Criminology is the scientific discipline that studies the phenomena of crime and delinquency. Criminology has links to other sciences like biology, sociology, psychology, policing and geography. As early as the beginning of the 19th century, criminologists became aware of spatial patterns in criminal behaviour. By mapping crime rates, these studies provided a series of important findings. The notion of place and space in crime was born. Between 1930 and 1970 issues of social ecology were studied, while between 1970 and 2007 environmental criminology became a prominent area of interest and research. Due to an increasing interest in issues like ‘spatial behaviour’ and ‘behaviour in space’ by geographers in the 1960s, many new concepts and ideas came to the attention of environmental criminologists. Initially, environmental criminology concentrated on the development of theories and models, but during the late 1980s and 1990s concepts from geographical information science were applied by both researchers and practitioners on a large scale. Over the last decade there has been an observable increase in the use of Geo-ICT, especially in practical settings like law enforcement and academic research on crime. However, this introduces problems and challenges for both researchers and practitioners. This chapter provides a brief description of the evolving and expanding application of geography and GIS in criminology and police practice and puts forward some solutions to overcome problems and challenges.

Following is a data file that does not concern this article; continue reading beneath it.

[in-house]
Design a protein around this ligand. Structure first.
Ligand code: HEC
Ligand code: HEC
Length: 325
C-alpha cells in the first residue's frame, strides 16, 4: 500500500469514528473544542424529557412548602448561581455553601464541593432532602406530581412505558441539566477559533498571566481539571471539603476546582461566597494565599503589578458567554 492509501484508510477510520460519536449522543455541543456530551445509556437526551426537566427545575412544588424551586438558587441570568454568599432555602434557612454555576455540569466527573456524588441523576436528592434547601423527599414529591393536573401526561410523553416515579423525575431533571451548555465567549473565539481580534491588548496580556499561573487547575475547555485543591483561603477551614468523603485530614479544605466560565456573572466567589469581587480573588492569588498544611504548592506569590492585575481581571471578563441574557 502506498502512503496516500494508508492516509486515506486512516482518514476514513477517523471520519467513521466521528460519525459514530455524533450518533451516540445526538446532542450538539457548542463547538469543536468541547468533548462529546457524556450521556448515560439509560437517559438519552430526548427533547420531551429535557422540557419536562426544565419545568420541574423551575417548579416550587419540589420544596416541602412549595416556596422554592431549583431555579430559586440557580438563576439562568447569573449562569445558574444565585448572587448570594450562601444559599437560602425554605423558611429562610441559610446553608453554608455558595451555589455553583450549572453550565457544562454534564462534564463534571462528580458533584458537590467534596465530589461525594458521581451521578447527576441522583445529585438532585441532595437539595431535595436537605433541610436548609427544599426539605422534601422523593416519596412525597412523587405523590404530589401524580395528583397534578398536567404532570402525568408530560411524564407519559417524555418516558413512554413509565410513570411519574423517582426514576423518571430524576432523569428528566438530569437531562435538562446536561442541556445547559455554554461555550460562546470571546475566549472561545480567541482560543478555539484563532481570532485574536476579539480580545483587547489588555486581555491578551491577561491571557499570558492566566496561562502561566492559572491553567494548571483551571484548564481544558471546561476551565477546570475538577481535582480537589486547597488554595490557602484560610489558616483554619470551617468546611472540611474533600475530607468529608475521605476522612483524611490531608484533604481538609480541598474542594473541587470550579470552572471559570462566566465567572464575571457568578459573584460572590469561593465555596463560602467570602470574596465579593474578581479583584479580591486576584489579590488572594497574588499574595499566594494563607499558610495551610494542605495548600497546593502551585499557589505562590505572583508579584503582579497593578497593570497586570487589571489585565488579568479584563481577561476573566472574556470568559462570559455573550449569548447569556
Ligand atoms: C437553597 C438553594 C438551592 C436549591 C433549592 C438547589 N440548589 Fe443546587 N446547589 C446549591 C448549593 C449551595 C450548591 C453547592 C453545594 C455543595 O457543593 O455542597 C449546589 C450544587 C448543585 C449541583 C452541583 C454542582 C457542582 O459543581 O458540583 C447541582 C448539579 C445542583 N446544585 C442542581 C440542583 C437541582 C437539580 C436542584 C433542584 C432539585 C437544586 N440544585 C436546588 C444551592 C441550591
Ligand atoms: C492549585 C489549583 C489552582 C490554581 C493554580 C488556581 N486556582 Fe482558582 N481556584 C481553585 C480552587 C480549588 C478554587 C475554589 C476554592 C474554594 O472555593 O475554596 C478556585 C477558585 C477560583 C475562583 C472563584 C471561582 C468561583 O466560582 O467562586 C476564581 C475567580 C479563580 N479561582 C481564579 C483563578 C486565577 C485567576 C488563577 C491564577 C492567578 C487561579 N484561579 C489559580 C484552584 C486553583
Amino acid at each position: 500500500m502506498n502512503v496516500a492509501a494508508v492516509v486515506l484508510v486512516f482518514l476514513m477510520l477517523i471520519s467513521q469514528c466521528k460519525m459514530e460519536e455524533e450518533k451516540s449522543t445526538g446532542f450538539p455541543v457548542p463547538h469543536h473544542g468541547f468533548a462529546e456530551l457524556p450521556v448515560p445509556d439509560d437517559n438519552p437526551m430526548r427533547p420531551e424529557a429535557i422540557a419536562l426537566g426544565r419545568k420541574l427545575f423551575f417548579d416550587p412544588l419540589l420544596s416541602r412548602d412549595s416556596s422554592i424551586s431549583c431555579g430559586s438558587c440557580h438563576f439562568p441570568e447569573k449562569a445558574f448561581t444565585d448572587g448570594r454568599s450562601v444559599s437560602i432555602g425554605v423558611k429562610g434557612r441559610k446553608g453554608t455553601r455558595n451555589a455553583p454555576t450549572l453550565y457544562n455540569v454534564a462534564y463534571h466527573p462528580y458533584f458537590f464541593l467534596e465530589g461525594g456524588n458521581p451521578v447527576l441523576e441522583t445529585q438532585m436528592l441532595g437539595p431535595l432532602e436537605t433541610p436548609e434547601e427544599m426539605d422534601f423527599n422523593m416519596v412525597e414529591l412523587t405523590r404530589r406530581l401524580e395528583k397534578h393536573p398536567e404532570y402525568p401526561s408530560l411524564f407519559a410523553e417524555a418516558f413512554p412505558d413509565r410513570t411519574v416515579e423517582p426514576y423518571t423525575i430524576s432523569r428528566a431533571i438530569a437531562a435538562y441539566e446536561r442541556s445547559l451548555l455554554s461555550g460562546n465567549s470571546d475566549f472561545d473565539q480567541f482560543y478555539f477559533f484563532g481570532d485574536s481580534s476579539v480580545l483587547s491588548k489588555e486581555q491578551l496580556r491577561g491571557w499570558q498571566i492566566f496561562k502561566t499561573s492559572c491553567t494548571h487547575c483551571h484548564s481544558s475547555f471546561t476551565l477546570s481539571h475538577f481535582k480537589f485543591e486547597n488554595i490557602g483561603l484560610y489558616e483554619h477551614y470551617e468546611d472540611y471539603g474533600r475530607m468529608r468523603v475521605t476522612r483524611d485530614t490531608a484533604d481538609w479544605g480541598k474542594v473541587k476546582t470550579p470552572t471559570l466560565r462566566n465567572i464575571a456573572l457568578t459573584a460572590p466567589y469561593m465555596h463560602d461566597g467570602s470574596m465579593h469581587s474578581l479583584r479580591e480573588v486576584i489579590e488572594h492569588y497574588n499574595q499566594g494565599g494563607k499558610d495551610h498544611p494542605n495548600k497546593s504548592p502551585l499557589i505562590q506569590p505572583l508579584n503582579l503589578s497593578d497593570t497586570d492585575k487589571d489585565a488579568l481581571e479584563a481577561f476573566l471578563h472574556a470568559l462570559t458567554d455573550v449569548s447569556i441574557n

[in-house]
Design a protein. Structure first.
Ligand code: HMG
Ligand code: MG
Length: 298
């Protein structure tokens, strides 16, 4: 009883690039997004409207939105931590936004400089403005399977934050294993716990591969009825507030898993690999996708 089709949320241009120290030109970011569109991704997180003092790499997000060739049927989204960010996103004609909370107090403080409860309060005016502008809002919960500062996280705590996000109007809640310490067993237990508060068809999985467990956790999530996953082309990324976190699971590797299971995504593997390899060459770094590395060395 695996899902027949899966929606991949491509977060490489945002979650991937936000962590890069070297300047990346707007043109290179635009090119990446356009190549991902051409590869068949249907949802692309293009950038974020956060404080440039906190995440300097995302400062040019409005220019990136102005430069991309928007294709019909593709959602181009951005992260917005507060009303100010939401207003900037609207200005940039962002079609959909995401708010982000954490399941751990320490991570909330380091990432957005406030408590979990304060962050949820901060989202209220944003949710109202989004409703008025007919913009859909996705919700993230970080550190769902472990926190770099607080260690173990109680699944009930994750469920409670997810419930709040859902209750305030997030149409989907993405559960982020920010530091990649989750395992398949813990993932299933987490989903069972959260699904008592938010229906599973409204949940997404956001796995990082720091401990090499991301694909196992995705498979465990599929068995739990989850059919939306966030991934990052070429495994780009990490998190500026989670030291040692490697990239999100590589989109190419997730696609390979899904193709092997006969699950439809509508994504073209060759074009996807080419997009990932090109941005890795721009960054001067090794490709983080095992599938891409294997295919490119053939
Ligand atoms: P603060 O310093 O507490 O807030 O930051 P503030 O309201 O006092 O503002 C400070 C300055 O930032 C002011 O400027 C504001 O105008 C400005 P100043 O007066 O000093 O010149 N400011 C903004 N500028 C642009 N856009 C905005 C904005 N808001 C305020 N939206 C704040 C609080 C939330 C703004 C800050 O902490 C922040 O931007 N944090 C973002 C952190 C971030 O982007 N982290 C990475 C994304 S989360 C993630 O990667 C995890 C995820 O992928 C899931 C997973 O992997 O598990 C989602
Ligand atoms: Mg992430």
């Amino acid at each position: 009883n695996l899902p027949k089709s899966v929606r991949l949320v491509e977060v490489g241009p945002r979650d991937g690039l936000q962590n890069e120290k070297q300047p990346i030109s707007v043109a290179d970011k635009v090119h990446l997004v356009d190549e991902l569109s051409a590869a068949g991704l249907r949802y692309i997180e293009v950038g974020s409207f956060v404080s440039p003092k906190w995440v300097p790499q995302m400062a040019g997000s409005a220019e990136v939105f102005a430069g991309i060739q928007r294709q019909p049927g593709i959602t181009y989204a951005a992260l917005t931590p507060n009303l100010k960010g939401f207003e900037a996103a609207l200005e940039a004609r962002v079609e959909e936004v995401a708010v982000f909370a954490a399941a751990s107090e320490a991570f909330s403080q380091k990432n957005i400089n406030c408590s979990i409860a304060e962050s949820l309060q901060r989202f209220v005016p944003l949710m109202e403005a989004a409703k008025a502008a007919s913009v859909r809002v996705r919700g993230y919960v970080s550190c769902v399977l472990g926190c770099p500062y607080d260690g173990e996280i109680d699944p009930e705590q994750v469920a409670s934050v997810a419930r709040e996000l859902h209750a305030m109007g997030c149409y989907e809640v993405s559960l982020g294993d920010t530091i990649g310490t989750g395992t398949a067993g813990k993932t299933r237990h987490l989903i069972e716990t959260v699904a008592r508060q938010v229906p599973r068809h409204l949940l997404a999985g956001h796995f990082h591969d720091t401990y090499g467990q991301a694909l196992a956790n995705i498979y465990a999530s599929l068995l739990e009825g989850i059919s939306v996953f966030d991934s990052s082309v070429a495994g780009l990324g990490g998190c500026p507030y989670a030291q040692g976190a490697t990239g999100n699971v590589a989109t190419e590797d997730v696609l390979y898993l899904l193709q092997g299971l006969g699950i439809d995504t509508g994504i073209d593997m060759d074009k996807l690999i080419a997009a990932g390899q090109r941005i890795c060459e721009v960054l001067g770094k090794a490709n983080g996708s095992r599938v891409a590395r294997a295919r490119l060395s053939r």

|Title of host publication||Geospatial Technology and the Role of Location in Science|
|Editors||H.J. Scholten, R.J. van de Velde, N. van Manen|
|Place of Publication||New York|
|Number of pages||322|
|Publication status||Published - 2009|